Okay, since I seem to be on a trend of being very personal with my entries, here’s one that might be pushing the edge a bit. In recent times I find myself opposing or rejecting just about everything I thought I knew about myself, life, and so on. It’s literally getting out of control because I’m encountering new ways of thinking about things, about doing things, and about reacting to things that happen, and while it is all very scary to me, at the same time it is so refreshing and exhilarating. So once again, I encounter this question: “Who are you?”
Just a mere couple of months ago, I wrote an entry about having fulfilled a whole bunch of dreams, and even going beyond those of my wildest imagination. Now, I am at a point where I have a foggy notion of my goals…but nothing so elaborate. I’m graduating in May inshallah, and I haven’t an inkling of what my next step is going to be immediately after. But come to think about it, I’m not that worried cos I happened upon a similar stage with my now fulfilled dreams.
As a child, and even as an adolescent I have always opted for harmony. Meaning, I wasn’t your typical rebel. Sure, I had my rebel days when I was really young (not that I remember, but from what my parents tell me, I could have passed for one.lol) but once I got a general notion of right and wrong down, I tried my best to not thwart what harmony I thought there should be. So even if there was something I really wanted to do or say, just in order to maintain the peace, I would remain silent. There are numerous times that come to mind, now that I think about it. And thank God, none of those situations were necessarily life or death situations, but they had their impact either way. And that’s what scares me the most about many of our societies: That we do not allow young people or children to express themselves. And by express themselves I don’t mean about the ‘socially accepted topics’. I mean express themselves about issues like politics, sexuality, religion, the government, the value system etc. You’re probably thinking that you’ve heard all this before. And maybe you have. So why does it come up again? Because it is important. The way I see it, if we as humans are only using 10% of our brains, and even then, most of that 10% is used processing what other people tell us we should believe, or accept, or do, then really, are we making the most of the exceptional tools God has given each and every one of us? The silence does have an impact, and that impact is probably much worse than any outrageous outcry could ever be.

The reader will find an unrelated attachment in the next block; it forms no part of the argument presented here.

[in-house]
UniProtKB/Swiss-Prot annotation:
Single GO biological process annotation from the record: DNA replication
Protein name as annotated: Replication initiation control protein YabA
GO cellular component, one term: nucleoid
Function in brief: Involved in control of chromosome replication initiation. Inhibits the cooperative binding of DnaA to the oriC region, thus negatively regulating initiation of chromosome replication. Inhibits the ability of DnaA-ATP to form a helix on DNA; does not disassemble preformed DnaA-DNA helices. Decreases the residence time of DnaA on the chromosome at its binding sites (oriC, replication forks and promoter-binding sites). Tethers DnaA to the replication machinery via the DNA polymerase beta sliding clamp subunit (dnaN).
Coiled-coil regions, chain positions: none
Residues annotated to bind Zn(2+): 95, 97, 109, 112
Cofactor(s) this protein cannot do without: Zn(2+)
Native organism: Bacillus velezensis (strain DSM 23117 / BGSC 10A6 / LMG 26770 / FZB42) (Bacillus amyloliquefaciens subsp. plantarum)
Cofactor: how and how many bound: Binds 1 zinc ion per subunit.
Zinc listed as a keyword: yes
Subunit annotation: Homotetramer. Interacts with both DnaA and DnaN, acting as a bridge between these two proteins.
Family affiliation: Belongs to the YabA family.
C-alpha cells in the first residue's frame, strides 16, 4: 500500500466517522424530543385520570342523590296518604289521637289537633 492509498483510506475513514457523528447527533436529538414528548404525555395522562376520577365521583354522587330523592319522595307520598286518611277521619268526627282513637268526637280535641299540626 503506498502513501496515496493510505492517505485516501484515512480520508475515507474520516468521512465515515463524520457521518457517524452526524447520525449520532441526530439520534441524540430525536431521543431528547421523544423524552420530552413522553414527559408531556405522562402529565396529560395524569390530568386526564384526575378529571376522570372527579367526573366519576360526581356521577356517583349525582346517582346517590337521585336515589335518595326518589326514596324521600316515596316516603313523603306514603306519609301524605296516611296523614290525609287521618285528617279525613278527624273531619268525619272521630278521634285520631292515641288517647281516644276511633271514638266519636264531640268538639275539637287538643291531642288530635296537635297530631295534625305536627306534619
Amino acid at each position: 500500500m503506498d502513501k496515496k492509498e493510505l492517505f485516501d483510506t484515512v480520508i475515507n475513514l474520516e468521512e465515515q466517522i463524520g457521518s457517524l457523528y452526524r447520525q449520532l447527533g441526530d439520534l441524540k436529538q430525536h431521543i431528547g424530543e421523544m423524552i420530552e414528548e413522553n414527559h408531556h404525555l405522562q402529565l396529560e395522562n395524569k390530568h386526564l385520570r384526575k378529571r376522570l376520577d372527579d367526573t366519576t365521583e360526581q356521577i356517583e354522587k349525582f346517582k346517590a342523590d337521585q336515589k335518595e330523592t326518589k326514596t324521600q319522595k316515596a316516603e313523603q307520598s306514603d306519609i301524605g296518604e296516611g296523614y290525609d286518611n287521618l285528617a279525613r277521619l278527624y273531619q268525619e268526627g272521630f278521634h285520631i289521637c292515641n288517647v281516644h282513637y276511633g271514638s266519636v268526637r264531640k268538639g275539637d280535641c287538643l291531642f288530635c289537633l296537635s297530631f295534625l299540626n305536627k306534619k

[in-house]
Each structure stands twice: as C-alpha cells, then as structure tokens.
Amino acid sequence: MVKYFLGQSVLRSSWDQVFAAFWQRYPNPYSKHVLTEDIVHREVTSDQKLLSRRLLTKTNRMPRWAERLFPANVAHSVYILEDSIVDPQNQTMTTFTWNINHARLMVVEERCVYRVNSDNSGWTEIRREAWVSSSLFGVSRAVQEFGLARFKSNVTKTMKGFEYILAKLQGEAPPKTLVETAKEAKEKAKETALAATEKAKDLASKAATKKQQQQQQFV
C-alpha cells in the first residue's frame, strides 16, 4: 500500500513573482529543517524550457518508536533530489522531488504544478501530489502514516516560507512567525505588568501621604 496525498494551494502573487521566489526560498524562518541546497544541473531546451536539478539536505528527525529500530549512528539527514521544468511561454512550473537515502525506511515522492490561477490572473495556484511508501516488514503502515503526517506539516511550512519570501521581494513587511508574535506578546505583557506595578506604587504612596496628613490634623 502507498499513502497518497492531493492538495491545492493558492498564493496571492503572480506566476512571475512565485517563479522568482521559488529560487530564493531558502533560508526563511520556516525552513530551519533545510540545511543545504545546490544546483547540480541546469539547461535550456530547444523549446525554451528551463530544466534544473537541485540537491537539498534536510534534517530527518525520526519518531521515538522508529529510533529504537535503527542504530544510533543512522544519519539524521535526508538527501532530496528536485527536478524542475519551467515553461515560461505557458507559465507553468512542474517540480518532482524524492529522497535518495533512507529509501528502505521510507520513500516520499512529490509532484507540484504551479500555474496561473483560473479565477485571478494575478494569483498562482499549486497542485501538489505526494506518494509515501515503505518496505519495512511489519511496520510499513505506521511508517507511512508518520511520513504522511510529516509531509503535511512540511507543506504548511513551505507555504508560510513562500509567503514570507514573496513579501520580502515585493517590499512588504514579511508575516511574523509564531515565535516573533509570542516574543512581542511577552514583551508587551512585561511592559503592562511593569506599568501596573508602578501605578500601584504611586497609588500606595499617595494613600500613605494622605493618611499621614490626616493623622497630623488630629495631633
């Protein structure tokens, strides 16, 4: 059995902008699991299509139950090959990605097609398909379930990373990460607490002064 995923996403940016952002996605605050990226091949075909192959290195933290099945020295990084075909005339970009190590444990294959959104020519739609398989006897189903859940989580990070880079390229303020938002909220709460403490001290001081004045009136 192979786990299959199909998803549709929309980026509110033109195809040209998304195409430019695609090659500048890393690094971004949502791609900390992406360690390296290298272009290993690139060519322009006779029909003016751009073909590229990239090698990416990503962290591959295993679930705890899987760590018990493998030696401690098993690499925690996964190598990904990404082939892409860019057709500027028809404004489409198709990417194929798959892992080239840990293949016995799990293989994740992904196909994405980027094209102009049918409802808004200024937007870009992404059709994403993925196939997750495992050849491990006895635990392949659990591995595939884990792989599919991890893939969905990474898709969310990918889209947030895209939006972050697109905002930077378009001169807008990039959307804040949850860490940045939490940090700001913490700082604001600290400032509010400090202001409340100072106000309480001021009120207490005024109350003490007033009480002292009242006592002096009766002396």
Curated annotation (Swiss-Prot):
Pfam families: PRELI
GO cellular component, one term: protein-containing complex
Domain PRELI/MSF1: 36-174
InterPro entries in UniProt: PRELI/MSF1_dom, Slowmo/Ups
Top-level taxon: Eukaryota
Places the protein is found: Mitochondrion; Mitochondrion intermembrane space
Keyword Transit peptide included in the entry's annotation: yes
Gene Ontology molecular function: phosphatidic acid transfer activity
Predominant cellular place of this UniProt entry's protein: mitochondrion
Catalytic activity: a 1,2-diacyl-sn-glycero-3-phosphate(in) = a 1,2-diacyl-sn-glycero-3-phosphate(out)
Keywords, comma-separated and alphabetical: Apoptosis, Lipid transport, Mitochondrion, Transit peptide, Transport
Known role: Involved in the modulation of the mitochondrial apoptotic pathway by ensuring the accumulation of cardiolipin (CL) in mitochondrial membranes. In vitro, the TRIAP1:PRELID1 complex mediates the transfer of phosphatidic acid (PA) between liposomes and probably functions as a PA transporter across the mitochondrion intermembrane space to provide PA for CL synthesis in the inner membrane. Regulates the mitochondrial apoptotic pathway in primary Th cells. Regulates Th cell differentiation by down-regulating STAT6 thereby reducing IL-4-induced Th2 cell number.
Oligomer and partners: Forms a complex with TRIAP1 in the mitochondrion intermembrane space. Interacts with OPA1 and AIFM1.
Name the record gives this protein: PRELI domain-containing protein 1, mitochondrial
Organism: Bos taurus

There are some very controversial things I would love to discuss, but I find myself limiting those discussions to shoulds and should nots with myself. Why? Because I am yet to completely let go of other people’s notions about who I am, what I should be doing, saying, thinking. Even right now, I realize as I am typing this, that some people might think I’m pushing it – and when I say this is not directed to anyone in particular, please accept that as my genuine truth. So, I will bide my time a bit more. But inchallah, I will free write my heart out on all those things considered ‘taboo’. Because if someone somewhere is living through that domestic violence, that intense discrimination, and that mere indifference, then maybe that thing is not as ‘taboo’ as it is made out to be.